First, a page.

On April 22nd, a bright and (almost too) warm Sunday afternoon, a wonderful couple (he's a long-time member of my book club) hosted a "Meet Austin's Newest Author" event at their home. The home, itself, was part of the attraction, I'm sure, since it's part of an old Austin family's compound in which five family homes nestle in a forested area on the top of one of Austin's hills. They had several little tables with wine and cheese set up, as well as water, grapes, and some nuts. There was 50's and 60's oldies rock and roll music playing on Pandora to outside speakers. Very cool atmosphere indeed.
My wife, Diana, who is recovering from a severe hemorrhagic stroke last November, went with me, as well as our son, Jimmy, who was a tremendous help. Jimmy brought a durable PA system as well as helped park cars and load and unload the cartons of books we brought to offer. The "sales table" was fully shaded under the roof of a very unusual structure, which we learned was a 1950's era fallout shelter that, in case the Russians nuked us, was recommended by the authorities at the time. Presently, it's a massive concrete structure which is for the most part used to store things that the hosts "have forgotten about," to quote the lady.
They built a very nice rustic roof overhead, and the sales table along with stacks of both Hardcovers and Softcovers were arranged. A young lady who is working with me as my publicist for Texas helped by selling books and keeping track of everything since I was swept (a dramatic and probably over-the-top word) into meeting and greeting people, and signing their copies.
At 4 p.m. I began the "talk," which ran almost 40 minutes. Frankly, I sort of lost track of the time, but everyone said it was interesting, and so it apparently went well. Since this was a group of friends and people I know fairly well, it was a personal journey of the book: how it came to be written in the first place, and how I learned the mechanics of writing it.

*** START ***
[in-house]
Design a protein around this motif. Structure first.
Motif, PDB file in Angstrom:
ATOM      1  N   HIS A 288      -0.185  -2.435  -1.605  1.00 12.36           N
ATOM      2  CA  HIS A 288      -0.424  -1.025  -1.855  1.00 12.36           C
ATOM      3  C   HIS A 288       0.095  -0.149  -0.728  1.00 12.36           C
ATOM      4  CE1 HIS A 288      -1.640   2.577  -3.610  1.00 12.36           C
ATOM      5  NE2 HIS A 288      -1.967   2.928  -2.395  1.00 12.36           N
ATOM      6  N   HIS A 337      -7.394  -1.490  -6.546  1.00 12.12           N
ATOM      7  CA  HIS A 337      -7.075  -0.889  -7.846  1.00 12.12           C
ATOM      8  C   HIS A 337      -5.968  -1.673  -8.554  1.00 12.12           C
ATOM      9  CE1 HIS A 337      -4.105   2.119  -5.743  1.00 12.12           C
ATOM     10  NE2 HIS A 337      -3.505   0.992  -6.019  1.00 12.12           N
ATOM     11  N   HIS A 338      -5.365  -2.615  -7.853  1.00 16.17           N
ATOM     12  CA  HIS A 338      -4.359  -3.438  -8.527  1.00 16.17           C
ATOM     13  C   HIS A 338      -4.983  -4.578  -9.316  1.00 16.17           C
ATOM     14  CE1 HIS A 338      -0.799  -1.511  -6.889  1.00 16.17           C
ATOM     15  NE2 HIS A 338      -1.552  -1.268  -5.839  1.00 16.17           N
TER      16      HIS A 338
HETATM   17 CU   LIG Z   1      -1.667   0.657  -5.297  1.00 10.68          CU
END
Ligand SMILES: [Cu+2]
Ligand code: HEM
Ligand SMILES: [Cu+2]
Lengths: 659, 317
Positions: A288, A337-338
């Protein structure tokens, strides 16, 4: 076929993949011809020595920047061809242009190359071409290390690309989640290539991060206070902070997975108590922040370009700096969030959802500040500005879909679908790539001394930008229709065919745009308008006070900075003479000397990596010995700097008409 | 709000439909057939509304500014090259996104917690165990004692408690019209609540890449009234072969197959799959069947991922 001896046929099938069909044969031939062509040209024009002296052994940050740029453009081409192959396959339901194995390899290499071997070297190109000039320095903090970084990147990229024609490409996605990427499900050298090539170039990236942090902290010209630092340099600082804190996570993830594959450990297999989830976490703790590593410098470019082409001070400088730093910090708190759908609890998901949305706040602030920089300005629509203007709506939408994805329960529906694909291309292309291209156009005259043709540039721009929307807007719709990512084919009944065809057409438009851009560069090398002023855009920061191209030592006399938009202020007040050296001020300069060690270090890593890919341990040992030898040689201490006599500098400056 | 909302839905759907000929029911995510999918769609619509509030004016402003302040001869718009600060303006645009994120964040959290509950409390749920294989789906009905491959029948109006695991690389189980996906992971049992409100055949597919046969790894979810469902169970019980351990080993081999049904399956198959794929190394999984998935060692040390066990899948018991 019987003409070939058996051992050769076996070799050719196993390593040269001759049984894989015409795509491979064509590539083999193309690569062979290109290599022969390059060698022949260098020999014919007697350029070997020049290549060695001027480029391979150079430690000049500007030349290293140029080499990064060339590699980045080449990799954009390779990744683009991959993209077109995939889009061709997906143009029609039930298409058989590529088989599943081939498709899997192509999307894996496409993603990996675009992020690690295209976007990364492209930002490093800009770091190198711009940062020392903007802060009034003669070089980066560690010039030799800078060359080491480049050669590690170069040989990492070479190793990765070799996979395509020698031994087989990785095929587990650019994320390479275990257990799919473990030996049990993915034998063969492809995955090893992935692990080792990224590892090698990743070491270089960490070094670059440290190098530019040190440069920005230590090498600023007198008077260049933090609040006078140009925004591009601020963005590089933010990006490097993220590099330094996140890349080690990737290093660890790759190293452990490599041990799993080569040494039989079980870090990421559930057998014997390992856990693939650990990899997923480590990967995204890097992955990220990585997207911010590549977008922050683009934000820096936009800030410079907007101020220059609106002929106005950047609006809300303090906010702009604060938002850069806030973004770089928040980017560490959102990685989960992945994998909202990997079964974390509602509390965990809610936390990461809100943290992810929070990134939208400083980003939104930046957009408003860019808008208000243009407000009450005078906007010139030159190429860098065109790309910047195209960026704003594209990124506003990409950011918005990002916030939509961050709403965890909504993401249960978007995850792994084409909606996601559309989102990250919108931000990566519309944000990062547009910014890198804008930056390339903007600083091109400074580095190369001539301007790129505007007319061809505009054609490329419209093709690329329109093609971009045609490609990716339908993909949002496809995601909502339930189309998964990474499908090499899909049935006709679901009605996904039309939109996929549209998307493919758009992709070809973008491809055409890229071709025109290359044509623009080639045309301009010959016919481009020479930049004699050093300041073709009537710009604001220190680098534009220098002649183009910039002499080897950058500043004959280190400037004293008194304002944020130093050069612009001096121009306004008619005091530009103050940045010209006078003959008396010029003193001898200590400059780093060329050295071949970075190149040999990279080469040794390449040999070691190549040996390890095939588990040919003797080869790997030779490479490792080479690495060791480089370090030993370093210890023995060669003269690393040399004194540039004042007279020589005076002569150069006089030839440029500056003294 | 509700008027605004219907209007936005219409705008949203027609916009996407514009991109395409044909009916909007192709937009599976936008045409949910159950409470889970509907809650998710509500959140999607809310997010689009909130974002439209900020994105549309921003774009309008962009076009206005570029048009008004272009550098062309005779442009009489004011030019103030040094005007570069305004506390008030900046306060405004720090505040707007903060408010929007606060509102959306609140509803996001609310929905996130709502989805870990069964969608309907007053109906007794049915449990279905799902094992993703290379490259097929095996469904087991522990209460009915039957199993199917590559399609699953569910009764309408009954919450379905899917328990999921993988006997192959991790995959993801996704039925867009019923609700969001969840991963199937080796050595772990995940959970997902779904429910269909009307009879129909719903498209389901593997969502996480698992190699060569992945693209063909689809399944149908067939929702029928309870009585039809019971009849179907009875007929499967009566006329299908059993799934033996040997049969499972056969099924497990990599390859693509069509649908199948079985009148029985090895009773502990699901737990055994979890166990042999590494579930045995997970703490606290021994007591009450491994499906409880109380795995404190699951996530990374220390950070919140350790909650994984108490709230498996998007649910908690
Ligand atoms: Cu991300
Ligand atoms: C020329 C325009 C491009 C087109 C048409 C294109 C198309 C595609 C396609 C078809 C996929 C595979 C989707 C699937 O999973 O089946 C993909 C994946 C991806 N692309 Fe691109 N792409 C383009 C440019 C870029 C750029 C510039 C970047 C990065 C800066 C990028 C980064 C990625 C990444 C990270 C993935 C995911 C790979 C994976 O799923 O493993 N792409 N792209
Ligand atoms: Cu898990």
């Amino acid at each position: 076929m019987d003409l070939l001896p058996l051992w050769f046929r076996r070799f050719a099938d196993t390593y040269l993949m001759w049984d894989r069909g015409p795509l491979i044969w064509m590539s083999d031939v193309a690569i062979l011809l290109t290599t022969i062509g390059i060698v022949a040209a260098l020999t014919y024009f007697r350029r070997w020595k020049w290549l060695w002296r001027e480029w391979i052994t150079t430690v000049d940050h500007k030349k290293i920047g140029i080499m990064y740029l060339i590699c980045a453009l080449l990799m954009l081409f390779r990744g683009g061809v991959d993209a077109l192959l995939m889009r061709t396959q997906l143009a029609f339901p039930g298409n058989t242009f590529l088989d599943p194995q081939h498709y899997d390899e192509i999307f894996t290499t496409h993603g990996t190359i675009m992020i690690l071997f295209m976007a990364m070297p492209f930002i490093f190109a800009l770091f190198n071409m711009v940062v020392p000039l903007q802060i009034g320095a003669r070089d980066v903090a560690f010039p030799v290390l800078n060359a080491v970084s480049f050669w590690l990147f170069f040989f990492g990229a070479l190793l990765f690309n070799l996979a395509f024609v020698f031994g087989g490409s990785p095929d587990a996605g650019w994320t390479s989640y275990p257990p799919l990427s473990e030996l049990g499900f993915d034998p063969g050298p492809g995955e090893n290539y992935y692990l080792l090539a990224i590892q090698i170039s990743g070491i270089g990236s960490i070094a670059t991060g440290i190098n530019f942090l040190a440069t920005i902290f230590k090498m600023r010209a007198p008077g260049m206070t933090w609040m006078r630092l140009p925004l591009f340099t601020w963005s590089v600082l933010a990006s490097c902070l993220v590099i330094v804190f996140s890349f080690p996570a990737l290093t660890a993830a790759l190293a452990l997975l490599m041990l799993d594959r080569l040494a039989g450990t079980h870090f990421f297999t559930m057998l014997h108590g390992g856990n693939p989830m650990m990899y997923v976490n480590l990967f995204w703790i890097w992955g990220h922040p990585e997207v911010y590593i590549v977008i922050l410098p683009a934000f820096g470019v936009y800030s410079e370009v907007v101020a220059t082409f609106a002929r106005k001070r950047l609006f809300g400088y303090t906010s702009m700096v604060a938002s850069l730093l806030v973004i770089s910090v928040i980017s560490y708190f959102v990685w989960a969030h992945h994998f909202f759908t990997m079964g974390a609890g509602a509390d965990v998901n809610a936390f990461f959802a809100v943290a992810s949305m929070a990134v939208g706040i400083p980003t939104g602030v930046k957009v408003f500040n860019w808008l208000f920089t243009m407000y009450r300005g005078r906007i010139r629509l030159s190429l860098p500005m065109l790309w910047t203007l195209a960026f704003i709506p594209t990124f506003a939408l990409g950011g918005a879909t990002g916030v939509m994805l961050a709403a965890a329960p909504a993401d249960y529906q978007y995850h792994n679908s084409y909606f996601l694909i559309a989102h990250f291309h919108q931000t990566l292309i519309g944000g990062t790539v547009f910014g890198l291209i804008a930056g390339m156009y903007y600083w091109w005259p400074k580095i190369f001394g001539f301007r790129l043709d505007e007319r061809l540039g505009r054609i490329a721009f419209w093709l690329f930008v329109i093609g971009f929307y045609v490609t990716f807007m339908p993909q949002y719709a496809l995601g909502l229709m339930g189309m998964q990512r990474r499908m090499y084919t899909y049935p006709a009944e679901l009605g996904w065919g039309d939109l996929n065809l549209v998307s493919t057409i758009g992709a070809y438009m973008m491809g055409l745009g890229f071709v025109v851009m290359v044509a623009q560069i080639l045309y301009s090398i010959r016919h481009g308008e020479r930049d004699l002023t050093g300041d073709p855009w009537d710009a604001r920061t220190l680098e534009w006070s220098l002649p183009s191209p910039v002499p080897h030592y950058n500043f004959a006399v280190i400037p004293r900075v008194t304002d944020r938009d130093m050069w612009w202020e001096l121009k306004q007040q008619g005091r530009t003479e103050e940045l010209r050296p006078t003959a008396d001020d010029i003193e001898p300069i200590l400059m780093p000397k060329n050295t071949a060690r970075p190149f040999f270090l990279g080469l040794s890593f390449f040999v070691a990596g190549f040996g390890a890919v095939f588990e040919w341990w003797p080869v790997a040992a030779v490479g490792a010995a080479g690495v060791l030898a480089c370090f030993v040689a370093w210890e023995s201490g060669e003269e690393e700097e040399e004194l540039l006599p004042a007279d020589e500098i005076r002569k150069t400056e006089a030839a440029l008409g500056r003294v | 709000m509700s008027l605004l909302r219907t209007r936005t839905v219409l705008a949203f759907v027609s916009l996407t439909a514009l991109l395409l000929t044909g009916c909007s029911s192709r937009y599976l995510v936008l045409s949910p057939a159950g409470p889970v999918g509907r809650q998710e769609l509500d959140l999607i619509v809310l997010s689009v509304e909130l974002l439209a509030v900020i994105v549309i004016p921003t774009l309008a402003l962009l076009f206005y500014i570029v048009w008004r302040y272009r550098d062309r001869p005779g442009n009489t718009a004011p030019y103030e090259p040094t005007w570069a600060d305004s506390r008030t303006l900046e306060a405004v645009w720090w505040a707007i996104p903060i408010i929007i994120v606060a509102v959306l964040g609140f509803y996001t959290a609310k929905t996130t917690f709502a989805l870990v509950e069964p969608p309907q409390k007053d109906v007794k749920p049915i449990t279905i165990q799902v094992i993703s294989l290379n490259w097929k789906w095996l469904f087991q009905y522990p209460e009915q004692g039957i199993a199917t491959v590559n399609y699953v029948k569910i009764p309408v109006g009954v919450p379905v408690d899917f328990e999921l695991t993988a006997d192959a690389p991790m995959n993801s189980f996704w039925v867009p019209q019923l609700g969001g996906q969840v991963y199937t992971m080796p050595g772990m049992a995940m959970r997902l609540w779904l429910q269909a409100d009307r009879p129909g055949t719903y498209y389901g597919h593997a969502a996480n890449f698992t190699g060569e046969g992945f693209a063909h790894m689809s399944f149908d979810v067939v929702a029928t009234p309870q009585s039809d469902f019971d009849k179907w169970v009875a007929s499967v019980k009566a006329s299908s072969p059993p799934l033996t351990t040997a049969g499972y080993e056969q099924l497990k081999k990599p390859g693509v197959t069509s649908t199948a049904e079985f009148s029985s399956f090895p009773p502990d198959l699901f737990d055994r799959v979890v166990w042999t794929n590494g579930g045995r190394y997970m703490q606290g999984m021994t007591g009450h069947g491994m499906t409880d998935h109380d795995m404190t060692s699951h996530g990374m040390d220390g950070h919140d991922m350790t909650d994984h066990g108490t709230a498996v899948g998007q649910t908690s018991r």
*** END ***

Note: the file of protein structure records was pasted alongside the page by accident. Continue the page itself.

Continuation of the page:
Diana, Jimmy, and I arrived at 2 p.m. and didn't leave until 7 p.m., by which time Diana was completely exhausted. I was a bit angry at myself for submitting her to the heat and all the people, but she probably was the real attraction, and lots and lots of people sat with her and hugged her. That was lovely.
Oh, the "author" probably didn't completely botch it up, so it was a successful day overall. I can't express my thanks and appreciation to our hosts. The setting was amazing, and all went well.
My next "event" is mid-May with a women's book club in an outskirt of Austin. They are reading Reunion now. These ladies are all well-educated and sophisticated. I look forward to getting their feedback and the female perspectives. It's interesting that so far, the women readers have reacted differently from the men readers. The men are impacted by the father-son relationship. All in all, I've gotten such varied comments. The book seems to affect people on many different levers. Let me know your comments here, as I find these fascinating.